# How to prevent inline math equation from being stretched?

I am working with a multicolumn document, in which I write a set of equations, and my tex file is producing equation that is stretched as follows

$(\int\limits_{-\infty}^\infty e^{-ax^2 + bx + c} =\sqrt{\dfrac{\pi}{a}} e^{b^2/4a + c})$


The length of the equation is exactly the width of the column. There are more equation that become stretched this way.

I do not have a minimum working example as I have discarded the original file and can't reproduce the condition for when it happened, but is there a general method for dealing with when an equation becomes stretched as above?

• it appears that the line that this expression was in was terminated abruptly immediately after the end of the math. in such a case it is not easily possible to keep it from stretching except by packing it in a box -- \mbox{...} would take care of that, but it would leave you with a short line and a warning about an underfull box. also, if the expression occurred near the end of a line, and might have been broken to allow justification of the line, it wouldn't break, and you would instead get an overfull box warning. unfortunately, without seeing the code, it's impossible to say more. Oct 15 '17 at 3:04
• Off-topic: You shouldn't be using \dfrac in an inline-math formula.
– Mico
Oct 15 '17 at 3:53
• I am unable to reproduce the issue you've encountered using solely the information provided so far. Please tell us which document class you employ and how wide the textblock is (in centimeters or inches).
– Mico
Oct 15 '17 at 3:57
• Summarizing some of the comments and answers: think more first about what your readers would find easiest before focussing on typesetting details. In general, the more TeX defaults you use the better, since Knuth designed TeX do do the right thing for most mathematics with not tinkering. In this case a displayed equation and \exp would probably be best. Oct 15 '17 at 12:51

There is a simple mechanism for this provided by TeX itself - just put {...} around the math expression (inside the dollars) that should not be broken or stretched.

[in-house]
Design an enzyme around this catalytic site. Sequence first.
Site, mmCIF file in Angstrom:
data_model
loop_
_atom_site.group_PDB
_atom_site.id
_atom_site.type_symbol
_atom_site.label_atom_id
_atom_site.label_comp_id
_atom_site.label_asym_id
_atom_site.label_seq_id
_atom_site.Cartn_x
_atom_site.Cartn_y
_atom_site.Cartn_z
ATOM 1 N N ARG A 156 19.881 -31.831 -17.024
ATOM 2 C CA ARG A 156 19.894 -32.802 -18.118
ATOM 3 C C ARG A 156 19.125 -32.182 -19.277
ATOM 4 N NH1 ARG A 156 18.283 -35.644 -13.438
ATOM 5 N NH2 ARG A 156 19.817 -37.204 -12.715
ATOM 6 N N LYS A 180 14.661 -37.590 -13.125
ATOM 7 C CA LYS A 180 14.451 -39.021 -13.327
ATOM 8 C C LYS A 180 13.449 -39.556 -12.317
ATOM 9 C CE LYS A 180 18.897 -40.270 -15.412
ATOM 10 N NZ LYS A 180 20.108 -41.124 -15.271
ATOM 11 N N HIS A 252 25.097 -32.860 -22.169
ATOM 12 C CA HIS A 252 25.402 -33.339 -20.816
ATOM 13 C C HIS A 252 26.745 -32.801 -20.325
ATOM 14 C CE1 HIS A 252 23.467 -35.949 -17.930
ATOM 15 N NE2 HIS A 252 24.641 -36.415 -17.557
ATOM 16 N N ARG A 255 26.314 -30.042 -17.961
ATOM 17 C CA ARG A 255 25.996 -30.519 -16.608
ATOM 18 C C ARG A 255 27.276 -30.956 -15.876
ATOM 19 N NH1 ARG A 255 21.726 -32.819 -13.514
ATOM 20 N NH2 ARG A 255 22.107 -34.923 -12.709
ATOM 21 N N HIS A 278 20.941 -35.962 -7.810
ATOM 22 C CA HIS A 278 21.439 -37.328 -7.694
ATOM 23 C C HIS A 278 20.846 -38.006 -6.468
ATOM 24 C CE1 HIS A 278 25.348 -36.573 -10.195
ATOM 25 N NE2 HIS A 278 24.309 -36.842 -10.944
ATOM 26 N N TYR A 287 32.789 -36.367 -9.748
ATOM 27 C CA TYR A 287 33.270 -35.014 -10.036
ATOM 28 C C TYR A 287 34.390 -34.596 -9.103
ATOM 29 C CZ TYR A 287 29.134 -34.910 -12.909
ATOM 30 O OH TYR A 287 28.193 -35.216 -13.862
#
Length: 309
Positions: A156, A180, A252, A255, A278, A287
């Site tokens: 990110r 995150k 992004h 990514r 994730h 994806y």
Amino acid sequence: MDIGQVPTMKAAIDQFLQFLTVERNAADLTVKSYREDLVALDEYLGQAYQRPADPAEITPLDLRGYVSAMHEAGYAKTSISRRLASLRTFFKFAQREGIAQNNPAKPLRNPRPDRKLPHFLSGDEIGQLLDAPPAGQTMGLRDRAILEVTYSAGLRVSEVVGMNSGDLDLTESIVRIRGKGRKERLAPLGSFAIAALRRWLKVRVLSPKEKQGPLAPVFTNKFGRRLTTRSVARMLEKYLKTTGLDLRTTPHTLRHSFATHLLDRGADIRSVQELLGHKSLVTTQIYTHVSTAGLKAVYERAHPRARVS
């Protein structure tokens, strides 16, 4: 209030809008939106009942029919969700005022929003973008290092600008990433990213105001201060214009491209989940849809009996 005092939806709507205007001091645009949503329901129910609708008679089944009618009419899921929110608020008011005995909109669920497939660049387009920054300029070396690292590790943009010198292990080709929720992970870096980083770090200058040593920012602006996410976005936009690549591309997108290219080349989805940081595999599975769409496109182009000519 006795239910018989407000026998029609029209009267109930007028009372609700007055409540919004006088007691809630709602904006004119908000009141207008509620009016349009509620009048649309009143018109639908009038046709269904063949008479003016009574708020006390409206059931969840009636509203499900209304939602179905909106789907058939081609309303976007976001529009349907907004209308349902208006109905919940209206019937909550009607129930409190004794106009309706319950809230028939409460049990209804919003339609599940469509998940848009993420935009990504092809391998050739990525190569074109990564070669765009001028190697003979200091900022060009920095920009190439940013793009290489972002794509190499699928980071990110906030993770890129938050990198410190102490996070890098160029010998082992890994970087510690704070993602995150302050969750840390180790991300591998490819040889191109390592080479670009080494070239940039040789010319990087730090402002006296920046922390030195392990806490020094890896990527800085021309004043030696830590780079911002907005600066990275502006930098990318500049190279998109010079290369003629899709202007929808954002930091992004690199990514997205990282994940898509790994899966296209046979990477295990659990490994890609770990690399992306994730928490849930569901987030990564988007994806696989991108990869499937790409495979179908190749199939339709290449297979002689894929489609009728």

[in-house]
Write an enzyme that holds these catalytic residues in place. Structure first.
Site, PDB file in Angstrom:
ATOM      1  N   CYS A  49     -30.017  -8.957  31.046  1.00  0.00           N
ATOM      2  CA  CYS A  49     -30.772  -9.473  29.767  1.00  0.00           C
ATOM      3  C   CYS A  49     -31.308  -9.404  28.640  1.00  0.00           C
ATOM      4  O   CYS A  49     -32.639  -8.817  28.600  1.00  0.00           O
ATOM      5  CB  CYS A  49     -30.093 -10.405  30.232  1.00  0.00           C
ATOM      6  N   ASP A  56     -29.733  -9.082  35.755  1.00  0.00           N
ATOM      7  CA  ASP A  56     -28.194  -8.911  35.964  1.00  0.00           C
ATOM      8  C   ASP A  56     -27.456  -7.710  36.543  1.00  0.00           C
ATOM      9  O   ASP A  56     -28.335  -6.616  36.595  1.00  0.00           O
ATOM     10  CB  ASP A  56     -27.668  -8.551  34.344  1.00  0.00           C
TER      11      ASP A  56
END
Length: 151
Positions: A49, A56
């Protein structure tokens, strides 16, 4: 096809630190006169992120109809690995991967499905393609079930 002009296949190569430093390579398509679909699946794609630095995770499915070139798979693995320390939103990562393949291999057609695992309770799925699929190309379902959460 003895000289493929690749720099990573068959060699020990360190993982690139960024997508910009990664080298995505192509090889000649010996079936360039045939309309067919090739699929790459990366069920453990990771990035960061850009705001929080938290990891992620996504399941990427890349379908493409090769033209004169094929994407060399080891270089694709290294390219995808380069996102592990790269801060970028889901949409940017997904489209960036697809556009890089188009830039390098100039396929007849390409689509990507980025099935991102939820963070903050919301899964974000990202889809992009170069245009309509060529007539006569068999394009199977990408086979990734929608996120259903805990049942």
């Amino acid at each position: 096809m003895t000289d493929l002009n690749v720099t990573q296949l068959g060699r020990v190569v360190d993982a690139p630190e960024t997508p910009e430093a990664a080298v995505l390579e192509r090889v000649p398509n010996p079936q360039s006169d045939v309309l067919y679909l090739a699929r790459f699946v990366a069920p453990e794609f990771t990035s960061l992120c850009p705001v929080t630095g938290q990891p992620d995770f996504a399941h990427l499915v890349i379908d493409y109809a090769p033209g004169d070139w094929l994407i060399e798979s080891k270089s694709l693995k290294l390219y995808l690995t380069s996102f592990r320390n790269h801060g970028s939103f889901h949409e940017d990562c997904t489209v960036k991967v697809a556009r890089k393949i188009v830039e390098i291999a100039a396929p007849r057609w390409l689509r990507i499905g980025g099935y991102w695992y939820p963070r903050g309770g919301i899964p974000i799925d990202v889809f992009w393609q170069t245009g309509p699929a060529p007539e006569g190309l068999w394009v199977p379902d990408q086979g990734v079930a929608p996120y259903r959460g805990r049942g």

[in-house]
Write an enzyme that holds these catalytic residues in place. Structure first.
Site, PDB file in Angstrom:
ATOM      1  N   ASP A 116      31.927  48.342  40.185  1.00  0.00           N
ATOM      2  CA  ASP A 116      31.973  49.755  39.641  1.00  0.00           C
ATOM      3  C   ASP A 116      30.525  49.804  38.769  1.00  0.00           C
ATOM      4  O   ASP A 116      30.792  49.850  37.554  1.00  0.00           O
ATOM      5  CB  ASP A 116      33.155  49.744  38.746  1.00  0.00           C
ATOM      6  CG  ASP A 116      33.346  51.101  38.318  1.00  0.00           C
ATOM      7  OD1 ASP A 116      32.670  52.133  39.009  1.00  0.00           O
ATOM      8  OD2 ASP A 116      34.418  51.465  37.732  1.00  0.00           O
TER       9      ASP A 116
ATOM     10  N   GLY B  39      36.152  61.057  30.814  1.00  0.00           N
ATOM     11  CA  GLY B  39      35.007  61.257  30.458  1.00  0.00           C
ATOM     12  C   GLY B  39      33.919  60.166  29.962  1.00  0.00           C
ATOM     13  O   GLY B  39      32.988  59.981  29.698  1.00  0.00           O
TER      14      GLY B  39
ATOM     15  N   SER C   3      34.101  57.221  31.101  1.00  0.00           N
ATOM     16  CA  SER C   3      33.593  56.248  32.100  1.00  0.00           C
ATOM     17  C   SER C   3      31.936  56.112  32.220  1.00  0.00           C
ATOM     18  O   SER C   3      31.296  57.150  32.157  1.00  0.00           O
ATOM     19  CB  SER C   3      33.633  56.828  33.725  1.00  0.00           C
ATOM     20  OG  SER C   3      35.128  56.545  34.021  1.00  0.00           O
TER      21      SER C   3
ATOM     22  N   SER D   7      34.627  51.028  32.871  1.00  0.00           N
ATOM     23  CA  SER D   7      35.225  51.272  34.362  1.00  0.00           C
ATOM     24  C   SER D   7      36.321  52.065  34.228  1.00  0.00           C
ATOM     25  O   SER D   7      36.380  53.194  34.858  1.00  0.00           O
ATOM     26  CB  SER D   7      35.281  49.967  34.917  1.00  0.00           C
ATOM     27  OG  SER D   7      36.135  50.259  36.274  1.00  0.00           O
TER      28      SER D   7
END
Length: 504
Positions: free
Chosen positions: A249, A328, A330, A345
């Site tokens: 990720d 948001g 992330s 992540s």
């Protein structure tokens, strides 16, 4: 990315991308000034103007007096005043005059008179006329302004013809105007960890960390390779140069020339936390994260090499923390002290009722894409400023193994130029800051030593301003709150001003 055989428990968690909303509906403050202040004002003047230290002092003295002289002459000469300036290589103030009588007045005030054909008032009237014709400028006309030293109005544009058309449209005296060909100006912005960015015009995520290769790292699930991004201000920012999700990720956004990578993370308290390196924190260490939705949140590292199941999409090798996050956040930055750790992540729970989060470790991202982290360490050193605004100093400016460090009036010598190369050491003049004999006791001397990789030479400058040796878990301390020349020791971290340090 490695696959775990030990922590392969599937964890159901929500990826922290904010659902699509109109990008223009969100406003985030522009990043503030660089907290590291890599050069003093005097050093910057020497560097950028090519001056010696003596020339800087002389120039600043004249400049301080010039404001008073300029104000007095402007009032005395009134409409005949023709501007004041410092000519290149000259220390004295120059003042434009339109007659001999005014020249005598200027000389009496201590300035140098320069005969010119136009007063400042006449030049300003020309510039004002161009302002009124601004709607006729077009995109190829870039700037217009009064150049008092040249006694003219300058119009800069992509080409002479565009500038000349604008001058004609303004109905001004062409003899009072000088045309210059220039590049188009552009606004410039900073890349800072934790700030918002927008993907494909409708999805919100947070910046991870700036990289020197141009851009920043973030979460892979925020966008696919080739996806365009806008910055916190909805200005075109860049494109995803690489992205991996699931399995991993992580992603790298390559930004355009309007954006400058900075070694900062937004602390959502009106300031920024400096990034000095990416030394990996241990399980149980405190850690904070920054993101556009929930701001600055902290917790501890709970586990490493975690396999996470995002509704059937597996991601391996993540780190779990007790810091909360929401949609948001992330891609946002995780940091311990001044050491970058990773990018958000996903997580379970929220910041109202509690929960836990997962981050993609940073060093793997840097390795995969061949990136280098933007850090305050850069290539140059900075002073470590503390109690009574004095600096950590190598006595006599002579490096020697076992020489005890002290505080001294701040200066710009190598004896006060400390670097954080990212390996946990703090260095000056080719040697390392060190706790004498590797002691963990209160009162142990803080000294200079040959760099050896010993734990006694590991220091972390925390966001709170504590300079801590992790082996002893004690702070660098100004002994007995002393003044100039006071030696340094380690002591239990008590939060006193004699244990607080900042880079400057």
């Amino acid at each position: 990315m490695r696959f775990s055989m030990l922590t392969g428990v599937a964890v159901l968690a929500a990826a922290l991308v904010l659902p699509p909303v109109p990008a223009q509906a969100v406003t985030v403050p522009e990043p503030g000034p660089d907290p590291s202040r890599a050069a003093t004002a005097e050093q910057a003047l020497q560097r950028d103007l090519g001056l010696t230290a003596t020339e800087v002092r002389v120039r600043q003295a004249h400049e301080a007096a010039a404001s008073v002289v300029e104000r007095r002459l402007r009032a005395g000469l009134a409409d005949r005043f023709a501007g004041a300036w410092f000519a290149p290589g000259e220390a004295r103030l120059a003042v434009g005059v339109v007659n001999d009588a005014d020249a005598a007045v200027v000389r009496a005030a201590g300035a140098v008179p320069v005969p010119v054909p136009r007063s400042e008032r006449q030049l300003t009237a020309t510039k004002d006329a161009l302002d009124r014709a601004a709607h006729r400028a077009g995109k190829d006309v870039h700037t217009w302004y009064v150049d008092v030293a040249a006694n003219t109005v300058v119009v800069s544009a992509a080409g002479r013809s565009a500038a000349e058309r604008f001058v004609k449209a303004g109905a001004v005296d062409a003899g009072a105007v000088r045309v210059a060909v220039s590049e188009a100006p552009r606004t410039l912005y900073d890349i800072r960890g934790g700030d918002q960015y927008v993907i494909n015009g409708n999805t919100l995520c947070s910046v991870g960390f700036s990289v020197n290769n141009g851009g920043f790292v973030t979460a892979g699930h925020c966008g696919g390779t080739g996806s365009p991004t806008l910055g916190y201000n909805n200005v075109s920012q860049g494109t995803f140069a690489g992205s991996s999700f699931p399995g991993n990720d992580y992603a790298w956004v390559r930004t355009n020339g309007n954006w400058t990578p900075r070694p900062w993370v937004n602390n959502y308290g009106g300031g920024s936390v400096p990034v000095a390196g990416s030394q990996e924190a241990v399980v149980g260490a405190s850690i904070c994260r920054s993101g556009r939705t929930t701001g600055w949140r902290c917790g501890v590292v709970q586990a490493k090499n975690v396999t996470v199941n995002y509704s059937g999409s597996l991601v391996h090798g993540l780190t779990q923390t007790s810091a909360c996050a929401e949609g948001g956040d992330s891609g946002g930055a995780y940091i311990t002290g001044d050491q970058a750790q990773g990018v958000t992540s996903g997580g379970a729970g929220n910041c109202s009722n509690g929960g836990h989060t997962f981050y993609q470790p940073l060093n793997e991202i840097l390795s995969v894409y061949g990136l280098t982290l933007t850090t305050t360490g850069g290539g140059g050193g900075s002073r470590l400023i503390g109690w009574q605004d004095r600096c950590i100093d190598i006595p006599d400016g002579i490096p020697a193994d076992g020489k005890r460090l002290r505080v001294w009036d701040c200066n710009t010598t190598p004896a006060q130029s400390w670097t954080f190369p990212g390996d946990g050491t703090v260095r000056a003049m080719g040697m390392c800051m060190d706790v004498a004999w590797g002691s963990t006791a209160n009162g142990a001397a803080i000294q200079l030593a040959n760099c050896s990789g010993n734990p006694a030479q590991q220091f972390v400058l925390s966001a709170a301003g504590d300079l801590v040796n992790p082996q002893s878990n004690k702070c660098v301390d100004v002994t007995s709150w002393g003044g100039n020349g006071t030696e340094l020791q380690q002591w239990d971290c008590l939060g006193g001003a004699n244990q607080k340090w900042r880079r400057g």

\documentclass[twocolumn]{article}

\usepackage{amsmath}

\setlength\parindent{0pt}

\begin{document}

\emph{Original form}

aaaaaa aaaaaa
$(\int\limits_{-\infty}^\infty e^{-ax^2 + bx + c} =\sqrt{\dfrac{\pi}{a}} e^{b^2/4a + c})$
aaaaaa aaaaa aaaaa

\bigskip
\emph{New version}

aaaaaa aaaaaa
${(\int\limits_{-\infty}^\infty e^{-ax^2 + bx + c} =\sqrt{\dfrac{\pi}{a}} e^{b^2/4a + c})}$
aaaaaa aaaaa aaaaa

\end{document}


Whether this is good style in this example is another matter. In general you should be prepared to make larger math expressions into displays, particularly when the spacing in text is bad.

• After decades of using (fighting with?) latex... how did I not know this?? Thanks for the clear explanation. Apr 1 '20 at 17:57

It's not good typographic practice to use \int\limits and \dfrac in inline-math formulas. I would also use \exp(....) notation instead of e^{....} notation, and I would use inline-fraction notation instead of \frac (let alone \dfrac. I'm pretty sure your readers will agree. :-)

I've tried to approximate the narrow-column issue (and related stretching issue) you mentioned by using the document class option twocolumn and by surrounding the formulas with unbreakable letter combinations. Observe that \allowbreak may be used to indicate to TeX where additional line break possibilities should be entertained. Unfortunately, your original formula really only allows one interior line break possibility, and that's not enough to avoid severe overstretching.

\documentclass[twocolumn]{article}
\usepackage{amsmath} % for "\dfrac" macro
\setlength\parindent{0pt}
\begin{document}
\emph{Original form}

aaaaaa aaaaaa
$(\int\limits_{-\infty}^\infty e^{-ax^2 + bx + c} =\sqrt{\dfrac{\pi}{a}} e^{b^2/4a + c})$
aaaaaa aaaaa aaaaa

\bigskip
\emph{Alternative form}

aaaaaa aaaaaa
$\bigl(\int_{-\infty}^\infty \exp(-ax^2 + bx + c) =\allowbreak \sqrt{\pi/a}\cdot \allowbreak \exp(b^2/4a + c)\bigr)$
aaaaa aaaaa aaaaa
\end{document}

• @Sebastiano - Thanks!! (I'm pretty sure that both upvotes and downvotes are anonymous, i.e., the identity of the voter(s) is not revealed to the recipient.)
– Mico
Oct 16 '17 at 12:51
• My compliments for all. The upvote are gratis. :-) I vote always everybody because is important the help bad or good. Greetings. Oct 16 '17 at 20:36

If you have so bad line, the following:

$(\int\limits_{-\infty}^\infty e^{-ax^2 + bx + c} =\sqrt{\dfrac{\pi}{a}} e^{b^2/4a + c})$\hfill


at least moves undesired spaces to the end of line.

• The \hfill method doesn't always work. E.g., if one were to use it in the example given in my answer, the overstretching issue would persist.
– Mico
Oct 15 '17 at 4:29